It wasn’t too far after this that tragedy struck as Snyder’s daughter committed suicide, prompting him to remove himself from the production to focus on his family. With Whedon, the acclaimed filmmaker behind Marvel’s box office record-breaking The Avengers, already on the payroll, it made perfect sense to have him take over where Snyder had left off.
Now it has to be pointed out that at this point the film had just barely begun post-production, meaning that only some basic visual effects work would have been done for the bulk of the scenes – most of them very rough placeholders – as you don’t want to spend money on polishing visuals in scenes that might need to change or be dropped. And changed and dropped they were as even Whedon went through a couple of iterations of the film with WB brass until eventually, he got to the Justice League we saw.
And if you’ve been paying attention to all of what I just said, you would already have realized why a home-release “Zack Snyder cut” would be an impossibility. Unlike the Ultimate Edition home release of Batman v Superman, which just saw Snyder adding some completed scenes back into the film’s running time, Justice League was still a long way off from a completed film by the time the filmmaker had exited the production. For a proper “Zack Snyder cut”, WB would have to allow him to go back and film whatever additional scenes he still needed, complete the VFX on those scenes and the others which Whedon left out, and then edit all of them together. This film already had an insanely expensive reshoot phase and as things stand currently, it could potentially lose WB up to $100 million. There’s simply no way at all that the studio would pay for even more work to be done on it.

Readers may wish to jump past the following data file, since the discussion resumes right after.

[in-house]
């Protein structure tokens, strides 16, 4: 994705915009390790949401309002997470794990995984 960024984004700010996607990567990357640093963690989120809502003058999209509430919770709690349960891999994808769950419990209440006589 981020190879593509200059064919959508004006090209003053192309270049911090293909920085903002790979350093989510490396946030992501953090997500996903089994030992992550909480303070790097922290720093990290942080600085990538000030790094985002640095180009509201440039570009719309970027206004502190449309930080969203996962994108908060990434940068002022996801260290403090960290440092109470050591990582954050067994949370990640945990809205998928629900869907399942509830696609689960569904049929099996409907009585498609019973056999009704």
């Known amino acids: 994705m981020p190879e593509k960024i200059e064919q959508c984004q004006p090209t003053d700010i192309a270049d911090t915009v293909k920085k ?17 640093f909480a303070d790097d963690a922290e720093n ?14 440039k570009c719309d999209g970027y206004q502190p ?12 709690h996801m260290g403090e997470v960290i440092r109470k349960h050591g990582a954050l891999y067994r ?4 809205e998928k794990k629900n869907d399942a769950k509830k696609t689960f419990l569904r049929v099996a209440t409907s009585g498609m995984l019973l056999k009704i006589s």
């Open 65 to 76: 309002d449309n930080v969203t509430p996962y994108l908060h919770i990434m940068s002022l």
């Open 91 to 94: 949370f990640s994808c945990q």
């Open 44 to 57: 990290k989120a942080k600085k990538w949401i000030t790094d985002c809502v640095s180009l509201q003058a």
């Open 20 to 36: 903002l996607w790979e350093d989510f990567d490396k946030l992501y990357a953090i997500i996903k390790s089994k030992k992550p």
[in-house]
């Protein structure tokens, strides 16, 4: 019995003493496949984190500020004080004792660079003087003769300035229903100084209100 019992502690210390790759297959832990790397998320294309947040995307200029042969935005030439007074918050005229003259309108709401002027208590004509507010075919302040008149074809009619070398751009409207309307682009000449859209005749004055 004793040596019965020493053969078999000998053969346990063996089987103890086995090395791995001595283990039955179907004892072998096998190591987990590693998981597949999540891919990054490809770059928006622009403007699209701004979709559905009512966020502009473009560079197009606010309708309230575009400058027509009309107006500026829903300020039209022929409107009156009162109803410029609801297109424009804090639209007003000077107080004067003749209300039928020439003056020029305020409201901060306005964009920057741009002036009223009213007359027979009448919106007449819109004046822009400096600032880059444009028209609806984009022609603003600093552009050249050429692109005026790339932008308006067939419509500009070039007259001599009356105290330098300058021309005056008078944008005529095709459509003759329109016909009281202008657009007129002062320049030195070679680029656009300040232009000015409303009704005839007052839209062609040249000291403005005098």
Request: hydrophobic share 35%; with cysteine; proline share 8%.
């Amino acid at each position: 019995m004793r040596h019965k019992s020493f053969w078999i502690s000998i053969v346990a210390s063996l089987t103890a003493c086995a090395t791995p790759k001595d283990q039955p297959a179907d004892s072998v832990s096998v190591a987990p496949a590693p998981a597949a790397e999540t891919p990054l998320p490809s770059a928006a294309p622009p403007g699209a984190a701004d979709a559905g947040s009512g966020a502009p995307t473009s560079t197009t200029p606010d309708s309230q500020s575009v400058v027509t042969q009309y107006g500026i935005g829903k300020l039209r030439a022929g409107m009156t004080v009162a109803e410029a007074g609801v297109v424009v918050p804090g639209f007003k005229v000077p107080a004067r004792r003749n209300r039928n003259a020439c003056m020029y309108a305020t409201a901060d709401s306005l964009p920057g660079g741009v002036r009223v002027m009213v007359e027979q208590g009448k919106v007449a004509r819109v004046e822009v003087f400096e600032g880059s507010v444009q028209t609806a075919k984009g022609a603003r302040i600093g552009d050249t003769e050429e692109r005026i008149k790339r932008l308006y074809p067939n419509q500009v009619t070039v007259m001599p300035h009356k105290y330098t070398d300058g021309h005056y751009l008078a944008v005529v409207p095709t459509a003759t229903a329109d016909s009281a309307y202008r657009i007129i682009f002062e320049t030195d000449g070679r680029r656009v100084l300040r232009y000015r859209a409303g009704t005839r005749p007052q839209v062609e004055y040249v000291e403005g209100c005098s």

Now personally, I am incredibly intrigued by what Snyder’s original vision of this film would be – actual origin stories for Aquaman, Flash and Cyborg, villain Steppenwolf getting better motivation, the introduction of Darkseid, etc – but we’re not going to see it. Not in a completed, comprehensive, officially released fashion in any case. In a world where profit margins didn’t factor into things, this would be a different story (it would also be a world in which Whedon is now already on the 14th season of Firefly) but that’s not the world we live in.
So for those of you that were pining for a “Zack Snyder cut” of Justice League, the best we can probably hope for is that these unfinished deleted scenes are added as a special feature on the home release. Well, that and this awesome fan-created trailer that was put together using nothing but the footage from early trailers which never showed up in the final film.
The views and opinions expressed in this article are those of the author(s) and do not necessarily reflect the official policy or position of Critical Hit as an organisation.
Last Updated: November 27, 2017